This started from me thinking about visual design and a few RPGs that tried to use icons to replace text for certain things like stat blocks and how it didn’t actually make things simpler. Now, in CCGs icons often work well, but the big difference is that in a CCG you have to use/interact with those icons every turn, so you become very familiar with them. In RPGs, many of those icons you look at a few times in a session, so they often become forgettable because you’re not using them enough.

This led me to thinking more broadly about RPG rules and complexity, and how basically many games have complex core systems that people consider “normal” but the only reason is because they’ve had to use them over and over in play, whereas a subsystem that is simple or at least not MORE complex seems difficult because they don’t remember it off hand, need to look in a book and then use it.

Now, this is of course why “unified conflict resolution” was such a big deal; if all of the rules and sub rules follow the same design logic (“Rolling higher is good”, “Any conflict is one stat rolled against another stat”, “A failure always costs Plot points” whatever), it means even if you’re using an unfamiliar sub rule, at least the CORE idea of it, you’ve practiced many many times.

Anyway, the biggest point I think in terms of design is that if you know some rules will come up rarely, it might make the most sense to figure out the simplest version of them, because they’re just going to automatically become “weird” or “complex seeming” compared to what they are.

(Of course, if it’s something special and ritual in a way, you might want to play UP the procedural fact to help cement the experience, but that should be pretty rare.)

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5 Games to Learn From

July 5, 2022

Over on Twitter Liber Ludorum tweeted: You’re teaching an RPG design course. What are the 5 “perfect” games you assign your students to study?

This is actually a pretty great question to work with. I think “perfect” sets a high bar, but for “open a discussion” theoretical conversations, it’s not a bad choice to go a bit too far to at least get people to stretch their thinking a bit.

Here’s the five games I think are worth studying, the order I would have people look at them, and what I think they demonstrate:

1001 Nights

1001 Nights you get several key things straight out the gate:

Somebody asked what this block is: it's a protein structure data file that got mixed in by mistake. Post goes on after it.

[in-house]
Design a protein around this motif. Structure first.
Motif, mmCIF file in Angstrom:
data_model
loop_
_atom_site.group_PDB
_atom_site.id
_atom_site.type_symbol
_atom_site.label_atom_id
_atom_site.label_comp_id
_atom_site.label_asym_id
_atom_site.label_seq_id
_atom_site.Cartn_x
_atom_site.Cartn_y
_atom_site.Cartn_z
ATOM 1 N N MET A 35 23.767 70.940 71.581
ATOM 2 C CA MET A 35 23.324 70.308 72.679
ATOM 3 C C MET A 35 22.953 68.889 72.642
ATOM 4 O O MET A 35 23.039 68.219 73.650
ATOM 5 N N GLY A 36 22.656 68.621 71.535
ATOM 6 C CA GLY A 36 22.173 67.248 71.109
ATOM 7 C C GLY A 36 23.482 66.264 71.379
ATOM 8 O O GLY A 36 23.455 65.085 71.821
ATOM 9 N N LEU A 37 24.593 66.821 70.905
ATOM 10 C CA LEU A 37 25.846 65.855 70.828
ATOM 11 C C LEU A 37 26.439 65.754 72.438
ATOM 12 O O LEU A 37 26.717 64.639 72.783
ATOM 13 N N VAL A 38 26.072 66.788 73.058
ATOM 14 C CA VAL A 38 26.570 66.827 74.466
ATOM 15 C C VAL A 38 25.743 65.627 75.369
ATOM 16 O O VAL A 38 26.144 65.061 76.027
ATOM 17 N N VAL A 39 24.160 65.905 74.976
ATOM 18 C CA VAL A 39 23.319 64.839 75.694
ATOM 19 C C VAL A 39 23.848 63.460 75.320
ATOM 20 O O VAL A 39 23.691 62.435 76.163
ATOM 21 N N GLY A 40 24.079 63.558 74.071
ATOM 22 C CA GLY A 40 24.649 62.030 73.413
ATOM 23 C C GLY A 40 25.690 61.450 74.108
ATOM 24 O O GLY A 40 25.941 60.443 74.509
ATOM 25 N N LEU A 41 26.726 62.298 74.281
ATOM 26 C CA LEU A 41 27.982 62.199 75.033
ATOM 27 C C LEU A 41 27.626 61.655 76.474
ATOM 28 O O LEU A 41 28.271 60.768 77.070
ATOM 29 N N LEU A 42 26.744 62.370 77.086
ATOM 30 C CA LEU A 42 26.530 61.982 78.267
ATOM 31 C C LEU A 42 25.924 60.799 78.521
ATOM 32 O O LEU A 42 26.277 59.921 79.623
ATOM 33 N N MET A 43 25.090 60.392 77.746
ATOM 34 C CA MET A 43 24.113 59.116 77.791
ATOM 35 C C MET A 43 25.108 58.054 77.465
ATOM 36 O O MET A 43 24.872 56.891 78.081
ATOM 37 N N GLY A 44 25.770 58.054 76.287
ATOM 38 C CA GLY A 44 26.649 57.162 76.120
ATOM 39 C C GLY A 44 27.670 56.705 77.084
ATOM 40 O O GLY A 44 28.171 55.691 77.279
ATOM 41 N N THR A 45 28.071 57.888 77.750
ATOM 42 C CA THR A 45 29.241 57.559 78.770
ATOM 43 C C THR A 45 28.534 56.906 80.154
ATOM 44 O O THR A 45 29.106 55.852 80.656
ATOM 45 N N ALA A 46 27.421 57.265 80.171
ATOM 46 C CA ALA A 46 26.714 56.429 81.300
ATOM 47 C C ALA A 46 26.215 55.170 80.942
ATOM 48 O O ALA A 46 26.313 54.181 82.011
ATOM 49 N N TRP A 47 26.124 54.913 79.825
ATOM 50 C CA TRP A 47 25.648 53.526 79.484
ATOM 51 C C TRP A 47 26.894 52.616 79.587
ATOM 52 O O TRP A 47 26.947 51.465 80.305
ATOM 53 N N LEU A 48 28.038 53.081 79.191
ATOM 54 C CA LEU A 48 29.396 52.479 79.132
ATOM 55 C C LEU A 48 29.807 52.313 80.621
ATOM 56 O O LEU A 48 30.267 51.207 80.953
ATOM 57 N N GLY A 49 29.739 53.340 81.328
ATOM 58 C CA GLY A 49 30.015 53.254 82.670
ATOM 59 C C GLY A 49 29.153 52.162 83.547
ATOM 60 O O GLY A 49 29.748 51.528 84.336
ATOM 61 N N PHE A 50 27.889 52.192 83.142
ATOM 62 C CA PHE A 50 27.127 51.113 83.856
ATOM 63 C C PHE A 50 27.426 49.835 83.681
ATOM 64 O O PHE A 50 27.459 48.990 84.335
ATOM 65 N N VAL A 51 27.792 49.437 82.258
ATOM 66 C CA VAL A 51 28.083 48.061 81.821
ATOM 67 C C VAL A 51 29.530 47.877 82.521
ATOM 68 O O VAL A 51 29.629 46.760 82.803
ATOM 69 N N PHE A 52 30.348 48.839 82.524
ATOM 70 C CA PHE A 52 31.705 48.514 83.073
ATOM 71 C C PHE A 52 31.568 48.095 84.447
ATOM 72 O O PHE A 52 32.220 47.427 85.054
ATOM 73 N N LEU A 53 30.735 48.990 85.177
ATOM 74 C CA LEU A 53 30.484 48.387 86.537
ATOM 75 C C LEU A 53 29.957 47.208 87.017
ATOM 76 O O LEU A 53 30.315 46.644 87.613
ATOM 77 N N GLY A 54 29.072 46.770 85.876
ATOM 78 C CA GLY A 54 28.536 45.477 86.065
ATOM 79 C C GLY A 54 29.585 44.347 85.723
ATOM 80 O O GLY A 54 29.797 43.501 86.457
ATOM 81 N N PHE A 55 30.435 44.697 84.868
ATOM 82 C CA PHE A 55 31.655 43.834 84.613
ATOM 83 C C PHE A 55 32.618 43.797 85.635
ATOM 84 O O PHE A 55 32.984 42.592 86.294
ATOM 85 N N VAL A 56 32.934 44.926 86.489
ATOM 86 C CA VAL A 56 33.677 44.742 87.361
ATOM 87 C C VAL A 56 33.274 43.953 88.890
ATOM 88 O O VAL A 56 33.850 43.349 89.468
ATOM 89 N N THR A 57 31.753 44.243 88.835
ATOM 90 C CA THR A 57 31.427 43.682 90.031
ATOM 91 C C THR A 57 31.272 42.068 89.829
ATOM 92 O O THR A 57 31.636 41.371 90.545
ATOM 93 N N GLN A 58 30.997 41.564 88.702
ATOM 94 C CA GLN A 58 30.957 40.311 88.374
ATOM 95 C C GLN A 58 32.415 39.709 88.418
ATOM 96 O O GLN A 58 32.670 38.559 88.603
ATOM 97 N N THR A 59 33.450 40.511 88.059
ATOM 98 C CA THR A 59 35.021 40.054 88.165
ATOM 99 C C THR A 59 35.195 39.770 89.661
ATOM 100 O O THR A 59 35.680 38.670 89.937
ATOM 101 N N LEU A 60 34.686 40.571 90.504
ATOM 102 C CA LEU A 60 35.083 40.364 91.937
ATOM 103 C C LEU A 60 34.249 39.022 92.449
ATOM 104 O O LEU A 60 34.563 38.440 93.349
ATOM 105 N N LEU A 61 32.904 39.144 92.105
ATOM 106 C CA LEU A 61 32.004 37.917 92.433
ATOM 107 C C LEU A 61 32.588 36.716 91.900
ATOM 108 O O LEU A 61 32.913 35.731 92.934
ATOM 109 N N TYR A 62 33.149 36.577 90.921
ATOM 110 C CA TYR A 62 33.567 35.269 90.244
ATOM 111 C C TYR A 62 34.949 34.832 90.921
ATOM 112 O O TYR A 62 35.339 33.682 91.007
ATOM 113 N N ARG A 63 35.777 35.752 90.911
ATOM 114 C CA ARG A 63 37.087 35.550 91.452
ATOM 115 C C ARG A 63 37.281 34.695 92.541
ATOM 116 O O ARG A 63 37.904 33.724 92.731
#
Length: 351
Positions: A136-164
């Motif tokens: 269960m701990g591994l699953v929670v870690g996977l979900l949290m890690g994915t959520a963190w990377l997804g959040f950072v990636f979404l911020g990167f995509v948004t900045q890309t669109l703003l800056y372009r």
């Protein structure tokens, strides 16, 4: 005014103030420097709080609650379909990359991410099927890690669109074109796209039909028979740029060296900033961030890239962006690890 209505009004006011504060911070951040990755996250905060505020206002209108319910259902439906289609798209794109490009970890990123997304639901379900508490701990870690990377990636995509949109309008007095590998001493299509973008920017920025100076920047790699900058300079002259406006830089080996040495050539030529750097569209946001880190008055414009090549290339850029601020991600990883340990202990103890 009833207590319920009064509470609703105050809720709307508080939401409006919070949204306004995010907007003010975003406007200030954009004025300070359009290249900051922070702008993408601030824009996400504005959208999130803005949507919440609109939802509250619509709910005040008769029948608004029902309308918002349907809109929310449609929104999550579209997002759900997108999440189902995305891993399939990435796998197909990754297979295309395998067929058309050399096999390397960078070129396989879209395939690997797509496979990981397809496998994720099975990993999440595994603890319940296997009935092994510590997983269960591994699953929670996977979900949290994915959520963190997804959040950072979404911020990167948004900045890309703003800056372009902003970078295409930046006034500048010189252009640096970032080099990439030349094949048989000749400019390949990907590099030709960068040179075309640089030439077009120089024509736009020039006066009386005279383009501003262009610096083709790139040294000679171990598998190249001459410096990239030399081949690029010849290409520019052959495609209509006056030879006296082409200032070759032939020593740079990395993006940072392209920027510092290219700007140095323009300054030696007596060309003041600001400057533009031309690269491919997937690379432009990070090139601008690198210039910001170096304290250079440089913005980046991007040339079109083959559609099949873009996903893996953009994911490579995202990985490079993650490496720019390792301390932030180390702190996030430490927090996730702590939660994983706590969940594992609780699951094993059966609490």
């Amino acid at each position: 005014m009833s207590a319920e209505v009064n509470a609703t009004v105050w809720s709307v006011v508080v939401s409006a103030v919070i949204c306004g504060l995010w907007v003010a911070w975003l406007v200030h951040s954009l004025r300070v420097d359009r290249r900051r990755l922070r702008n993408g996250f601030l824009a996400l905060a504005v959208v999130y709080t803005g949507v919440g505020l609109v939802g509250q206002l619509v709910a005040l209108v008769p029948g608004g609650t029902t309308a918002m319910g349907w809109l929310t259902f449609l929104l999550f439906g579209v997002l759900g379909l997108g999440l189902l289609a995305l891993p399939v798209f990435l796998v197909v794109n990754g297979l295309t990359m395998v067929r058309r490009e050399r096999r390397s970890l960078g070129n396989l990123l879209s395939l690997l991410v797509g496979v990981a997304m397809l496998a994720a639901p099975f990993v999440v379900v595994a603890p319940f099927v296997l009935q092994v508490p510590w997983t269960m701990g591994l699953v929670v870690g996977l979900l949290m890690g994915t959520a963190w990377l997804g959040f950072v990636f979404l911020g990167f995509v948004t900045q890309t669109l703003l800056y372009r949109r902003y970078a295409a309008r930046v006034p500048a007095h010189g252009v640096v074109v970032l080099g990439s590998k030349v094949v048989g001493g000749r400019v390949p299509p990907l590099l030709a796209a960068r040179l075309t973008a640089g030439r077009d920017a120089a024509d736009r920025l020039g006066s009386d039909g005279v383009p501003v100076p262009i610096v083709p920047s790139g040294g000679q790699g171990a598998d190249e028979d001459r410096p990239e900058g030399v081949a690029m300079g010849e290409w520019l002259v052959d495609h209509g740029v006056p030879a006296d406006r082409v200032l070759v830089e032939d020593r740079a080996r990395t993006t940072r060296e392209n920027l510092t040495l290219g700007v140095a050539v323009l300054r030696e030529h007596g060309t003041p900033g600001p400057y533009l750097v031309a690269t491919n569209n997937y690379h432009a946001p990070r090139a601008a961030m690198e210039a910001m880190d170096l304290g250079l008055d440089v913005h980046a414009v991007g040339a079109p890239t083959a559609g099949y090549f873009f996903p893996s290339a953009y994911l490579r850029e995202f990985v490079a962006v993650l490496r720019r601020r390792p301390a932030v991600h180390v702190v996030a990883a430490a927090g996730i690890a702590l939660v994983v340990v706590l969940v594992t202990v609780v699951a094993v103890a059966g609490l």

• Improv
  • Roleplaying’s simplest rule “I say something and it happens”
  • Pacing mechanics
  • the inspiration value of setting
  • “Pull” mechanics design

The overall trends worth learning from 1001 Nights is that all roleplaying is just making stuff up with your friends, asking questions and adding to what’s been made, to make even more cool stuff. While 1001 Nights is lightly adversarial, the reality is as players it’s more fun to tell a fun story, whether that’s your characters working together or not.

Primetime Adventures

Primetime Adventures teaches:

  • Flag mechanics
  • Narration Trading
  • Direct Reward Mechanics
  • Another type of Pacing
  • Collaborative Setting creation

PTA is a game that pretty much is the perfect Narrativist game. It also shows how you can take a relatively traditional structure (1 GM, 1 character per player) and by focusing the pacing and reward mechanics around a Flag mechanic system, consistently get story and theme focused play. It serves as an excellent contrast to mainstream RPG design in that many gamers believe you either a) need to have mechanics for everything and/or b) need to have open ended campaigns, to “create a good story” and PTA serves very much as the opposite – sparse, but direct, constraints to focus and channel play into a fun, powerful experience.

The Drifter’s Escape

Drifter’s Escape teaches:

  • Productive adversarial design (the two GMs vs. the Drifter, the two GMs vs. each other…)
  • Mirroring mechanics to diagetic fiction (Being the person w/o power, scrambling to get by)
  • Prompt oracles/good random table design
  • Building completely to a theme